In the Jhb Labour Court matter of Jijina v CCMA & Telkom SOC (link:, Ms Jijina requested the Labour Court to review the decision of the CCMA. The CCMA found that Ms Jijina’s dismissal from her position at Telkom was fair. The CCMA found Ms Jijina’s dismissal to be substantially and procedurally fair.

The facts leading to the CCMA matter revolve primarily around Jijina having been involved in recruitment of a new employee for Telkom. Jijina was involved in the process of shortlisting potential candidates and the interviewing of the shortlisted candidates.

Jijina’s son was shortlisted and upon investigation as to how his name made it onto the shortlist, Jijina and her colleagues had different versions of the events. The eventual shortlisting of Jijina’s son, coupled with the various versions as to how he was shortlisted, lead to Jijina being charged by her employer. Her conduct was found to be contrary to the code and policies of her employer. She was also charged and found guilty of having threatened her senior.

The CCMA found that Jijina in fact acted contrary to Telkom’s policy in respect of her son having landed on the shortlist for the position. The CCMA also found that Telkom’s decision to eventually dismiss Jijina for the charges on which she was found guilty at her hearing at Telkom was fair.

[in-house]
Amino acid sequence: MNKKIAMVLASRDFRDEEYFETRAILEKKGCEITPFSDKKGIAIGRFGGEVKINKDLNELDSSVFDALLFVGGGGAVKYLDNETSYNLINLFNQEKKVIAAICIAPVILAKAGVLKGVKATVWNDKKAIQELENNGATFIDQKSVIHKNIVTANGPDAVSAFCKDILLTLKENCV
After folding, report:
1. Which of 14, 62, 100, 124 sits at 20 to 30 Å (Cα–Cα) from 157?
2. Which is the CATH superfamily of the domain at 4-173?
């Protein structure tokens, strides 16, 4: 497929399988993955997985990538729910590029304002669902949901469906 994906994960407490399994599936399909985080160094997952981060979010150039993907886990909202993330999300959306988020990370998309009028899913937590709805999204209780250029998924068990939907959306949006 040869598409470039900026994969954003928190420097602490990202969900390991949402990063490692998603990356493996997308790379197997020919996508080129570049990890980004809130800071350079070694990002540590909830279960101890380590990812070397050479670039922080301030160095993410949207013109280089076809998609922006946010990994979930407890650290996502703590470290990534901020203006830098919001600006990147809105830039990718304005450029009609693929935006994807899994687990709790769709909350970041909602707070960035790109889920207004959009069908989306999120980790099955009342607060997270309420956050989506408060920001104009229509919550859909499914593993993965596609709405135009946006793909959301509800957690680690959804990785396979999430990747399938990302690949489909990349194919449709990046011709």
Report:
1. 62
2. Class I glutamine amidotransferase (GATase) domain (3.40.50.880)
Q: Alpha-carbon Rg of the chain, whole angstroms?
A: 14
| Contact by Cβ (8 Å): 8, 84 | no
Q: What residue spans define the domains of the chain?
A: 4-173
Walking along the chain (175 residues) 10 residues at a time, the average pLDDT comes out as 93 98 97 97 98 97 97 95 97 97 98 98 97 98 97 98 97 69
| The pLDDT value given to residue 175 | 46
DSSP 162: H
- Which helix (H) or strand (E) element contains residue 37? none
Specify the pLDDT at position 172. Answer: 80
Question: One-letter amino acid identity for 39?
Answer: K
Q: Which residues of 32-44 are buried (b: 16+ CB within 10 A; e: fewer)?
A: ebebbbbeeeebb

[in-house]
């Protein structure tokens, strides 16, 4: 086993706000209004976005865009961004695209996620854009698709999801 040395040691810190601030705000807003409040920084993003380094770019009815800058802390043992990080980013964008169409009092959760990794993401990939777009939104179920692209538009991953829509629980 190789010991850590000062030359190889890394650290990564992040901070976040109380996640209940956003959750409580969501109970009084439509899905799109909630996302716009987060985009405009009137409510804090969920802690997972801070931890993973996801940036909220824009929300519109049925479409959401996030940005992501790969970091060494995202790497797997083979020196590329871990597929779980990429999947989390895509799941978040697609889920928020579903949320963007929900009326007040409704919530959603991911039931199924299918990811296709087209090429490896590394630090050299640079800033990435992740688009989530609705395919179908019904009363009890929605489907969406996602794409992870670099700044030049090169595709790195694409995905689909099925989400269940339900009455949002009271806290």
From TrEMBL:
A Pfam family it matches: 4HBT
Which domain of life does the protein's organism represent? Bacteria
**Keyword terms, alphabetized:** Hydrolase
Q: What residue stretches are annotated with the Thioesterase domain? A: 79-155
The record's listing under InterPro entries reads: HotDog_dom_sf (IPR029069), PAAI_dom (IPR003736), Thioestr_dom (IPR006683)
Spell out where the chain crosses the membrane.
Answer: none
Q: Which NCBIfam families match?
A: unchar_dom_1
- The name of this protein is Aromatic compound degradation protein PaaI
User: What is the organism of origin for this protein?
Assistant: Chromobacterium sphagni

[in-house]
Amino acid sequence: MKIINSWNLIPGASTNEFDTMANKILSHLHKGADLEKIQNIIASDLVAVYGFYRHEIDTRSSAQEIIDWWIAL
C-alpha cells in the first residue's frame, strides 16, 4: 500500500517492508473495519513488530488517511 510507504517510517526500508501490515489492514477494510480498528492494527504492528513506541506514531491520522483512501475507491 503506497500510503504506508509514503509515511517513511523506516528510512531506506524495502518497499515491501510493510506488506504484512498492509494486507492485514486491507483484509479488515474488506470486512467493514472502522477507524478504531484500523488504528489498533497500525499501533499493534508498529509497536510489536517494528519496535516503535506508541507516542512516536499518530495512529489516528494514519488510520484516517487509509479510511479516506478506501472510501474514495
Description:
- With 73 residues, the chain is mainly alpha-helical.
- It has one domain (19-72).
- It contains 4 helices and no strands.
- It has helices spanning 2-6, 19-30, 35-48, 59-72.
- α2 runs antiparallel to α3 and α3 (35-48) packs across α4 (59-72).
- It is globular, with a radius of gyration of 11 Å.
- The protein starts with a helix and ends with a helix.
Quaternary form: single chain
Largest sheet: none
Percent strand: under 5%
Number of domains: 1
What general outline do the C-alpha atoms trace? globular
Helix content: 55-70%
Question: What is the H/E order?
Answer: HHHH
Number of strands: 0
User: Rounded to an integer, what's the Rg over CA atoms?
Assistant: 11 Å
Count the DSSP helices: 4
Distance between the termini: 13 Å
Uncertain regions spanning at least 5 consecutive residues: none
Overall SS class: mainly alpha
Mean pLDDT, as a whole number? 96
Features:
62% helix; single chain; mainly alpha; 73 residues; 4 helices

Jijina argued that she had been working for Telkom for 20 years and had had a clean disciplinary record for the entire 20 years. She therefore felt that dismissal was not an appropriate outcome to the hearing by Telkom.

The Labour Court, in reviewing the CCMA’s decision, quoted the following in respect of whether dismissal is an appropriate sanction:
“In determining the fairness of a dismissal, each case is to be judged on its own merits. Item 3(4) of the Code of Good Practice recognises that dismissal for a first offence is reserved for cases in which the misconduct is serious and of such gravity that it makes continued employment intolerable, with instances of such misconduct stated to include gross dishonesty.

When deciding whether dismissal is appropriate, the Code requires consideration, in addition to the gravity of the misconduct, of personal circumstances including length of service and the employee’s previous disciplinary record, the nature of the job and the circumstances of the infringement itself. Other relevant considerations include the presence or absence of dishonesty and/or loss and whether remorse is shown.”

Therefore, it is not sufficient to rely on a long clean record with your employer in trying to mitigate your sanction. There are other considerations to determine if dismissal is appropriate or not and your previous clean record will not take away from such considerations.

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